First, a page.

10 Example of analytical classes

11 Preparing the Deaths data Deaths extracted for 2001, 2002 and 2003 from the death registration. Then transferred to Stata to tidy. –Limit the age bands to 8 categories between 25-64. –Generate the 8 class NS-SEC plus classes 10 and 11, Full time students and others. The death data adjusted to correct for a misallocation of death from class 2 (lower managerial and professional) to class 3 (Intermediate). White et-al.

12 Preparing the LFS population by age and NS-SEC: 1- Used LFS data to derive reduced NS-SEC. –The LFS data has a variable relating to full NS-SEC, while the census uses reduced NS-SEC. –The Census classifies people by former occupation if they are not currently working, so we needed to take this into consideration when deriving reduced NS-SEC. –Those classified as full time students in the LFS kept as students regardless of any occupation data associated with them. 2- Adjusting the LFS population for Health Selection, using proportional adjustment. - This is to counteract a potential selection effect brought about because some of those in poor health may have been selected out of the labour market. See HSQ 45

13 LFS data used to derive REDUCED NS-SEC Personal and geographic data Age, gender, Country within UK, person weight and Govtof Data on occupation (There are ~375: coded: 1111-9259) –Occupation main Job (SOC2KM) –Occupation in last job (SOC2KL) –Occupation made redundant from (last 3 month) (SOC2KR) Data on employment status (5 employment status) –Employment status in main job (STATR) –Employment status in last job (STATLR) –Self employed with or without employee (and in last job) (SOLOR & SOLOLR) –Managerial status (and in last job) (MANAGER & MANGLR) –Responsible for supervising (SUPVIS) –Whether full-time student (STUCUR) NS-SEC Class (NSECMMJ)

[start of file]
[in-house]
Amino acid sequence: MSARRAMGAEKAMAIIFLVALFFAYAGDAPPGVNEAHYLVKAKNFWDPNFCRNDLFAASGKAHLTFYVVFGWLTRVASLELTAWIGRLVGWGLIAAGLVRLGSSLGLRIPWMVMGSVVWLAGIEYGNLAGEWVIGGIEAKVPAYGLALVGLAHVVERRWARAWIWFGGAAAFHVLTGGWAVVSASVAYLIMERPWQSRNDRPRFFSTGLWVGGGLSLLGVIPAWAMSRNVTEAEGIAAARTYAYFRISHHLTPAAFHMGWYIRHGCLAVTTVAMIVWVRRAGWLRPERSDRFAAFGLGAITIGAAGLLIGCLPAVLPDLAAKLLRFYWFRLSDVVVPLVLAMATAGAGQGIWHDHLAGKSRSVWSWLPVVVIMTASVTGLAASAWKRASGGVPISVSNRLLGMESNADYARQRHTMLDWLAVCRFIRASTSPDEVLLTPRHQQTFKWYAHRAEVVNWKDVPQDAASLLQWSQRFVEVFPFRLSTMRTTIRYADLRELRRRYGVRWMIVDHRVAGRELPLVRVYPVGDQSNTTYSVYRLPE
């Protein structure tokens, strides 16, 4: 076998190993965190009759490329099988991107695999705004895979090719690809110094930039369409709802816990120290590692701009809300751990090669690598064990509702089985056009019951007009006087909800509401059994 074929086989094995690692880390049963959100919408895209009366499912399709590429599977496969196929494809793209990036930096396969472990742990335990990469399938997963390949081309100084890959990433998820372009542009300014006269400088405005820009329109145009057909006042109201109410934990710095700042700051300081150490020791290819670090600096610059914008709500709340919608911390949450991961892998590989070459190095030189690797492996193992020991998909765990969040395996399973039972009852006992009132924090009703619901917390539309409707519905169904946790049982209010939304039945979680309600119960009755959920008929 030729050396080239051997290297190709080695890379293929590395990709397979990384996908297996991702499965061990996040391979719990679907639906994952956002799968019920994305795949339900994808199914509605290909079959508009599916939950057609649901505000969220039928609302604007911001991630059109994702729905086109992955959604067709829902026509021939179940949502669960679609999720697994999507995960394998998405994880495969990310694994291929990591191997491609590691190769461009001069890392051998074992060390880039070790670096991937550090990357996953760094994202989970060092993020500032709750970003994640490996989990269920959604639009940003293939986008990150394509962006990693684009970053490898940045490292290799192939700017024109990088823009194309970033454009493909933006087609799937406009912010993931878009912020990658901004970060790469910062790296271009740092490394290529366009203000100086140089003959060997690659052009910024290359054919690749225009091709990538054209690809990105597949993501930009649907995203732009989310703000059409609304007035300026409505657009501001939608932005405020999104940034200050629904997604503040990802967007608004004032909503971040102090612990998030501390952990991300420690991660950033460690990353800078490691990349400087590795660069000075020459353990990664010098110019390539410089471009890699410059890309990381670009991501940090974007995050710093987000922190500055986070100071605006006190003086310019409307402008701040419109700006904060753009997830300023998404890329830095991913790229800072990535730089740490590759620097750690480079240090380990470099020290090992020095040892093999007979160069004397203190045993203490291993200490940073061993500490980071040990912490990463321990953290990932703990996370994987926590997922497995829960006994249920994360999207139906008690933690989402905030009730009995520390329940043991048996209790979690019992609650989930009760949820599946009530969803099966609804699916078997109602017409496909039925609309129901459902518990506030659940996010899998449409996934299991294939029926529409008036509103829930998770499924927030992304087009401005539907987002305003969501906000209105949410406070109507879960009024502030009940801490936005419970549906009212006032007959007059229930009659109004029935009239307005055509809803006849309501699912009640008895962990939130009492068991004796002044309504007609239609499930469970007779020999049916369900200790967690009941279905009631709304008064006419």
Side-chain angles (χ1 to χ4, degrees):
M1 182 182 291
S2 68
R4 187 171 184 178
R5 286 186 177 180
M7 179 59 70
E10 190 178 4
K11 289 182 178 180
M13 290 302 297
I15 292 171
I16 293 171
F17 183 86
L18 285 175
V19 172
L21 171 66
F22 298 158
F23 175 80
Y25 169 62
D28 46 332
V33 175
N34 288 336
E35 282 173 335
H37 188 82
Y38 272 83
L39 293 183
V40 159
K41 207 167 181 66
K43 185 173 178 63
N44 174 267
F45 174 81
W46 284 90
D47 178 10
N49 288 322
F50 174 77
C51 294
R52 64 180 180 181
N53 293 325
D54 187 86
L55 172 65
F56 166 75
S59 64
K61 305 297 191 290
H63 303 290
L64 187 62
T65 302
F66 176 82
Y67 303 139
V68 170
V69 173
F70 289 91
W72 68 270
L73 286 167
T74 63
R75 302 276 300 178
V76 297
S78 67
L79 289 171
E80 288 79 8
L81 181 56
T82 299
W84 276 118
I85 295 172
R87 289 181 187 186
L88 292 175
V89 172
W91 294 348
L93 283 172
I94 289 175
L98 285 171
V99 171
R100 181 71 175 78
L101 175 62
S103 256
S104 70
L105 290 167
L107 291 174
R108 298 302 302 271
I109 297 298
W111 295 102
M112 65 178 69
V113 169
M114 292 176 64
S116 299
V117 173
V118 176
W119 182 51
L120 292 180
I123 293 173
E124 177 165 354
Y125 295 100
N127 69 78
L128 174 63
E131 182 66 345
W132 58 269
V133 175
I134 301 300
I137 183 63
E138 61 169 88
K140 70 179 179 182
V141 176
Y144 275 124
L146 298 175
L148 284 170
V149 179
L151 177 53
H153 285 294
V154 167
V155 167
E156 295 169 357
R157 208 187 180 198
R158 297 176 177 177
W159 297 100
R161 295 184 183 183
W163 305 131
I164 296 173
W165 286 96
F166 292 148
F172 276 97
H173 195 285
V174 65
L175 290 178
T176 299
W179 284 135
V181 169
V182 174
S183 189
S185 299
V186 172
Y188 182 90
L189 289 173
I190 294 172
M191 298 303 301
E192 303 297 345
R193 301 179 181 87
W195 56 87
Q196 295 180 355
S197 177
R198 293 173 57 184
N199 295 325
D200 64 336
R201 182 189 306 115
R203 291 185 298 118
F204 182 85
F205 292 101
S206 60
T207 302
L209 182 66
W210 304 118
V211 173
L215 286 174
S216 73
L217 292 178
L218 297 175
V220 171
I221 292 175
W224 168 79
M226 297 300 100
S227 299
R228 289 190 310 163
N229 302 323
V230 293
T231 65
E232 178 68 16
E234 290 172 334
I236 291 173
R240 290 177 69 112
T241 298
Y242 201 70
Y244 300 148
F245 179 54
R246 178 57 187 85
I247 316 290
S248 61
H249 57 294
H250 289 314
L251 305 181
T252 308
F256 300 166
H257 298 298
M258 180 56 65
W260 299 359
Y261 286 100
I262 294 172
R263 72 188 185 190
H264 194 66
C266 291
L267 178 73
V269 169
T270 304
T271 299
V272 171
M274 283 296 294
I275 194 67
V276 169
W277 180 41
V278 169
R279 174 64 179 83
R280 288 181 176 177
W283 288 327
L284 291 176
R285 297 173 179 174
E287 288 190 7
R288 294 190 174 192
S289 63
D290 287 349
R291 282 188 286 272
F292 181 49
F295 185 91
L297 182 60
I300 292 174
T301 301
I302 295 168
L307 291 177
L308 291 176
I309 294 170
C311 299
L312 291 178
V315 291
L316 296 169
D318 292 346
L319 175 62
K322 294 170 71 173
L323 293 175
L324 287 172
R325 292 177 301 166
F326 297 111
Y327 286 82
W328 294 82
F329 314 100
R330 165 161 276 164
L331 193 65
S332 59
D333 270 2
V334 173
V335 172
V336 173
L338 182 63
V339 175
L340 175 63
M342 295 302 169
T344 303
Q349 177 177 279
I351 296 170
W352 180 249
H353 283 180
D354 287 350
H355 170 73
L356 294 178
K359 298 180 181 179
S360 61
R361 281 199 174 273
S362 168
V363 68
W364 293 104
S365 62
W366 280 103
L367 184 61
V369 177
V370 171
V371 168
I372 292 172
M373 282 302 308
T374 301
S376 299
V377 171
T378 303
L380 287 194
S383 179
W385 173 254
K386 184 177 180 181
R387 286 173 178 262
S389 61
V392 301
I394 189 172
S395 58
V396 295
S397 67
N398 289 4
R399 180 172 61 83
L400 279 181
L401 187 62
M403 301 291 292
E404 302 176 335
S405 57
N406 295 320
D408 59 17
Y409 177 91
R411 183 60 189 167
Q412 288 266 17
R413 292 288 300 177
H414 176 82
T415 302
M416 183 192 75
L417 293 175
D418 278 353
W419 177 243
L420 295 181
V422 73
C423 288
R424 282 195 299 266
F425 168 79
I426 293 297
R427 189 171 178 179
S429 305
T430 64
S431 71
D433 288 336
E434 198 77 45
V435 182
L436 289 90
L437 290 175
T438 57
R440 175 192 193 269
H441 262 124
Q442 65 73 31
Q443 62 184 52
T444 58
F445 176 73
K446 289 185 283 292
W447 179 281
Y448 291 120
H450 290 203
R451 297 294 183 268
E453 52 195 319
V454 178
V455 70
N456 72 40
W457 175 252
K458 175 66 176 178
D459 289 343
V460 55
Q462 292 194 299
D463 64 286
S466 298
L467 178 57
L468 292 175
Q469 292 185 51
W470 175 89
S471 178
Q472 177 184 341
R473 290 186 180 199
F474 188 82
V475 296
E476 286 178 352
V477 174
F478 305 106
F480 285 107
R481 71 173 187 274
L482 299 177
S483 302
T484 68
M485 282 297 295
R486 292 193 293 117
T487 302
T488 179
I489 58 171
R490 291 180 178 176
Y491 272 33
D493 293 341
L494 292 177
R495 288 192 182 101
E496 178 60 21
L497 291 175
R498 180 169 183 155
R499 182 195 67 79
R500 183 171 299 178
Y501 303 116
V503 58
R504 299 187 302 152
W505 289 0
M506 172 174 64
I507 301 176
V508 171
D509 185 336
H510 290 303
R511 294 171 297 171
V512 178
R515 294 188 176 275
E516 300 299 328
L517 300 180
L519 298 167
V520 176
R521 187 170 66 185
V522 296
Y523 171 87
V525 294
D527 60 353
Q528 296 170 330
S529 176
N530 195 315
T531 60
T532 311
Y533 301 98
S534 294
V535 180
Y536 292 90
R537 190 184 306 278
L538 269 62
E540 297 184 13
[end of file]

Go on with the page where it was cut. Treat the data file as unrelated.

14 illustration

15 Example of adjusted LFS population by NS- SEC.

16 Results

17 Results: Comparing NS-SEC population distributions using the Census and LFS

18 LFS Mortality rates by NS-SEC Mortality rate = deaths*100000/ LFS pops Adjusted to the European Standard population. Compared with the rates produced using the 2001-03 Census. White et-al estimates.

19 Results: Comparing mortality rates by NS-SEC using the Census and LFS


21 Mortality rates by NS-SEC, Men aged 25-64

22 Accuracies for different levels of geographies: Approximate estimates of the variances were calculated for lower levels of geographies and confidence intervals calculated.

23 Conclusion of the Feasibility study Although the mortality rates obtained using LFS are in part significantly different from the published census based estimates, the pattern is similar. The LFS estimates would have to be related to each other rather than to the census. The LFS as a population source can be used at the level of England and Wales and at regional level to measure health inequalities for men. Estimates based on one or three years deaths and LFS population should be capable of providing useful estimates for the study of trends in health inequalities. Similar approach can be adopted to produce mortality rates for women.

24 Progress and further work Following this analysis we have published trends in social inequalities 2001-08. Langford and Johnson, HSQ 47. Currently looking at the possibility of producing the same for female mortality. If achieved a number of other measures can be developed to help in the monitoring of cause specific health inequalities.

25 Questions ?

26 Additional slides

27 Preparing the mid year population by age and NS-SEC: Created from Census mid-year population. The main issue Population may change when updated over time. To illustrate : Population 2001-08 Old New

28 Example of adjusted LFS population by NS- SEC.

29 Results; compared Annual 2002 LFS mortality rate estimates to Census:

30 Results; compared Annual 2003 LFS mortality rate estimates to Census:

31 Results; compared Annual 2001-03 LFS mortality rate estimates to 2005-07:


33 Progress: Trends in Health inequalities

34 Absolute inequalities decreasing